The newsflash that presenter Natasha Kaplinsky is expecting her first child may have been met with a mixed response from her new employer.
While Kaplinsky’s new bosses have publicly professed their delight at the news, with the ink barely dry on her £1m a year contract insiders say that they are seething.
Critics have been quick to point out that Kaplinsky would have been around six weeks pregnant (knowingly or not) when she sealed the deal to join Channel Five.
This has instigated a lively debate as to whether a high-flying pregnant employee has any obligation to inform her prospective employer that she is expecting.
In contrast to the legal position in many US states, under UK law a pregnant candidate has no legal obligation to inform her prospective employer that she is pregnant.
This is the case even if the position for which she is applying is of a fixed term (and she will not be able to see the term through) or if the position is to cover someone else’s maternity leave.
An employer who refuses to employ a suitable female applicant on grounds related to her pregnancy, would face exposure to a claim for direct sex discrimination. It makes no difference if another non-pregnant female employee is offered the post or if there are no male applicants being considered.
An employer who tries to glean this type of information from an employee directly treads a fine line.
A direct line of questioning regarding family plans (in circumstances where male candidates are not asked the same question) can expose employers to a claim for direct sex discrimination.
If an employee volunteers this information, it is unlawful to use it as a basis on which to reject her for a role.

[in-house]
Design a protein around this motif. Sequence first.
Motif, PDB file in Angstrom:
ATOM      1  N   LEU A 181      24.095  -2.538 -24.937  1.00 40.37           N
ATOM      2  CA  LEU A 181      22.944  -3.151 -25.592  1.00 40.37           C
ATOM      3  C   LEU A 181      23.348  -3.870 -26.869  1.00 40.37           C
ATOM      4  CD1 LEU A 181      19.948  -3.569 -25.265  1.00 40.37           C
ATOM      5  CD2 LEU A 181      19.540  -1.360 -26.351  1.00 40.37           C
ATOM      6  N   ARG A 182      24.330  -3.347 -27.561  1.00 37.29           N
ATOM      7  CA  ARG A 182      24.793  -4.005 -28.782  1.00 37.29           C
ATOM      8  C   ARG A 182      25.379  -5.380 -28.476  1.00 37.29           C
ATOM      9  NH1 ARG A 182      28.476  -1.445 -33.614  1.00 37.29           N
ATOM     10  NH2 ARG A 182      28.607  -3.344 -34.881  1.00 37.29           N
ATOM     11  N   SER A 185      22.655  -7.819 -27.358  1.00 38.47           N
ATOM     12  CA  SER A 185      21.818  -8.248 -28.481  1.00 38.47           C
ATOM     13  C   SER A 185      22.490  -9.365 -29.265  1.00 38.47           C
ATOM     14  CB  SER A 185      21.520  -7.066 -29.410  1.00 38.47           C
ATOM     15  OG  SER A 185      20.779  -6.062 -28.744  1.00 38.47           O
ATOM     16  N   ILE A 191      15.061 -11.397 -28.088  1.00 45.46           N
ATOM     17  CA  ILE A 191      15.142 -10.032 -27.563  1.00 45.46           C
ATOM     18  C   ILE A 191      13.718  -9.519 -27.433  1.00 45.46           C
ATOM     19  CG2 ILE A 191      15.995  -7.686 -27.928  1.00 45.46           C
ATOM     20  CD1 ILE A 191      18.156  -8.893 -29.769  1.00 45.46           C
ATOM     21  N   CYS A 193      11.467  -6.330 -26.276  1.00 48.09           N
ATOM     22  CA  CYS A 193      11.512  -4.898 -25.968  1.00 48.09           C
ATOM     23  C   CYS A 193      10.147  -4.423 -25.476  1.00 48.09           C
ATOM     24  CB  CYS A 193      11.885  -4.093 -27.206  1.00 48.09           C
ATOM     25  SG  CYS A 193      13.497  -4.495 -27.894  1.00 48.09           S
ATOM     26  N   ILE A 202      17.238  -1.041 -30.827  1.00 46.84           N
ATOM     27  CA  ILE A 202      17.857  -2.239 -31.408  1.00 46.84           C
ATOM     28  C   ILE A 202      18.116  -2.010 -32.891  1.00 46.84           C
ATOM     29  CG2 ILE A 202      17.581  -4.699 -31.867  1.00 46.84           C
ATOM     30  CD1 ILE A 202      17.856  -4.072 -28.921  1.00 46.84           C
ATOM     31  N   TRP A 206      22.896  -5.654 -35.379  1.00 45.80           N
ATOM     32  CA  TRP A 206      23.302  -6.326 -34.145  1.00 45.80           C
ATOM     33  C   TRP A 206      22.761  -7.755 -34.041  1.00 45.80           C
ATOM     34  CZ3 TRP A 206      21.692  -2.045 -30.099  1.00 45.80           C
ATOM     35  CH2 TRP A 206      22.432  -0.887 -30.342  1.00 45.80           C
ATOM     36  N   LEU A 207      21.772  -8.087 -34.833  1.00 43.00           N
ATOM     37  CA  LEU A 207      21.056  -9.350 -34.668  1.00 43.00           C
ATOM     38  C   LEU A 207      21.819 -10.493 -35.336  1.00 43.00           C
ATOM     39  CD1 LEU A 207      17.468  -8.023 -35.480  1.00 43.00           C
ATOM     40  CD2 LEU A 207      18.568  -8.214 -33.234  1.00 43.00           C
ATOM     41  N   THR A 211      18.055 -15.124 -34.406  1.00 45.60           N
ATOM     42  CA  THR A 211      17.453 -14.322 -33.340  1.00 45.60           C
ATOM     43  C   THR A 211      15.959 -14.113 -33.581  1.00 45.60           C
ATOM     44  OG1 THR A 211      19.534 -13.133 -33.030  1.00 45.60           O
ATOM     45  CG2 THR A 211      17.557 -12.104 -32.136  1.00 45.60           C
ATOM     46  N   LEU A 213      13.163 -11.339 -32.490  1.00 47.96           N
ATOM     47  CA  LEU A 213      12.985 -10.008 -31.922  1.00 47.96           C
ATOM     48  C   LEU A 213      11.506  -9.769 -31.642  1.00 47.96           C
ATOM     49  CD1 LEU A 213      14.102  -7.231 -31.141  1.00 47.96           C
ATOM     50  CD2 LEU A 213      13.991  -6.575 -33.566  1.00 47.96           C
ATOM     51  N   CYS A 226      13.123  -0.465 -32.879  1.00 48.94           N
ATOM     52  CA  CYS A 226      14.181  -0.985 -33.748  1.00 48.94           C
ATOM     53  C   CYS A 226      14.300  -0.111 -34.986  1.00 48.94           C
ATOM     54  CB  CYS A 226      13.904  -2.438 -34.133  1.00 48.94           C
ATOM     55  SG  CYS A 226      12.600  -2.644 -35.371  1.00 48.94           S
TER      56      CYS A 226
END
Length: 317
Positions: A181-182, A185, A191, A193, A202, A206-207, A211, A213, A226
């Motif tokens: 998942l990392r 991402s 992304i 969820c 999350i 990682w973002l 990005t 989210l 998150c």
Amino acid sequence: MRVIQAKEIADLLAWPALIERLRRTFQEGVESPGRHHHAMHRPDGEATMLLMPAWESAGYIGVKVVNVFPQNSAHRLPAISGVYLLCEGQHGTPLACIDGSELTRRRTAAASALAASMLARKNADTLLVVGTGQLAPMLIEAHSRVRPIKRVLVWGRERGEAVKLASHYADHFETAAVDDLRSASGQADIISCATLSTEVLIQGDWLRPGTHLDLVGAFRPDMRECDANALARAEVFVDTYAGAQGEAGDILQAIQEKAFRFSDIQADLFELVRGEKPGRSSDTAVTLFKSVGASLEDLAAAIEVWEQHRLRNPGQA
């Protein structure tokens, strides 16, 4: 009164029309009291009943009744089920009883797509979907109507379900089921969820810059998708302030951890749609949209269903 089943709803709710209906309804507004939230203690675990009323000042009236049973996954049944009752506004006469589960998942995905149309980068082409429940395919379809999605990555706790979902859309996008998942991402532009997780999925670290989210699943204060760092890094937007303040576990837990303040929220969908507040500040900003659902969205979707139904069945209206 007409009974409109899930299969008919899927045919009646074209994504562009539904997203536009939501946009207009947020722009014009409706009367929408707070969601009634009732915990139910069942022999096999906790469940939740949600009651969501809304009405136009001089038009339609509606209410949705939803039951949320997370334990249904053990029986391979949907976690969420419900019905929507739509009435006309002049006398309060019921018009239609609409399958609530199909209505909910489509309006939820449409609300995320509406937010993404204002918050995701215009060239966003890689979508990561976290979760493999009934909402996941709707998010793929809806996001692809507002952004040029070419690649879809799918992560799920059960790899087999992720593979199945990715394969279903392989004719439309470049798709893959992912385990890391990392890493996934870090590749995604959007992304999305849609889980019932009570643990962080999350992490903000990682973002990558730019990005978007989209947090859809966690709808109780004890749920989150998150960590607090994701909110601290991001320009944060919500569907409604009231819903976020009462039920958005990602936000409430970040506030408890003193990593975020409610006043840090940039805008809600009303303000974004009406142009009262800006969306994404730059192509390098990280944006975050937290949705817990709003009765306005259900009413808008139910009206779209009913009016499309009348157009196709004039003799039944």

It has been suggested that by gagging employers from asking the question, the sex discrimination legislation has gone too far.
Many employers say they have felt a sense of being misled upon discovering that an employee has negotiated her employment terms, knowing that she may not be around to see out the first 12 months.
The employer’s requirement to pay Statutory Maternity Pay (which can be recoverable), is rarely the issue here instead, employers point to recruitment costs such as advertising or headhunter fees, which they are forced to re-incur after a short time as a result of the employee being less than upfront about her personal circumstances.
Some suggest that the law forces employers to make assumptions about the female members of their talent pool and the statistics do not making happy reading here.
For example, the Equality and Human Rights Commission has indicated that 70% of recruitment agencies had been asked by their clients to avoid hiring women who were pregnant or likely to get pregnant.
With the figures so high, who can blame a high-flying pregnant employee for wanting to keep the news to herself until her job offer is a done deal? It would seem that the timing of her announcement is the one decision where she can guarantee she is in the driving seat.
Breaking the news
If both the job and the pregnancy proceed smoothly, there will come a point when the employee cannot keep the news to herself any longer.
An employee is required to inform her employer by no later than the 15th week before her due date, although it is generally advisable for the employee to inform her employer earlier – to attain benefits such as a health and safety risk assessment and paid time off for antenatal care.
While the moral debate goes on, it would seem that the answer is to look at the bigger picture. It is perhaps only by addressing the discrimination that remains prevalent in recruitment decisions in the UK workplace, that we will be able to create a workplace where an employee no longer feels the need to keep ‘mum’.
- An employee is not obliged to inform her employer she is pregnant until the 15th week before she is due to give birth.
- It is generally in an employee’s interests to advise her employer if she is pregnant. If she chooses not to, she may be lose the right to maternity benefits including health and safety protection, paid time off for antenatal care and in some cases enhanced maternity pay.
- Asking a candidate at interview if she is pregnant at interview or planning to become pregnant is likely to constitute an act of direct sex discrimination.
- If an employee is candid about her intentions to start a family, it is unlawful to discriminate against her on the basis of that information.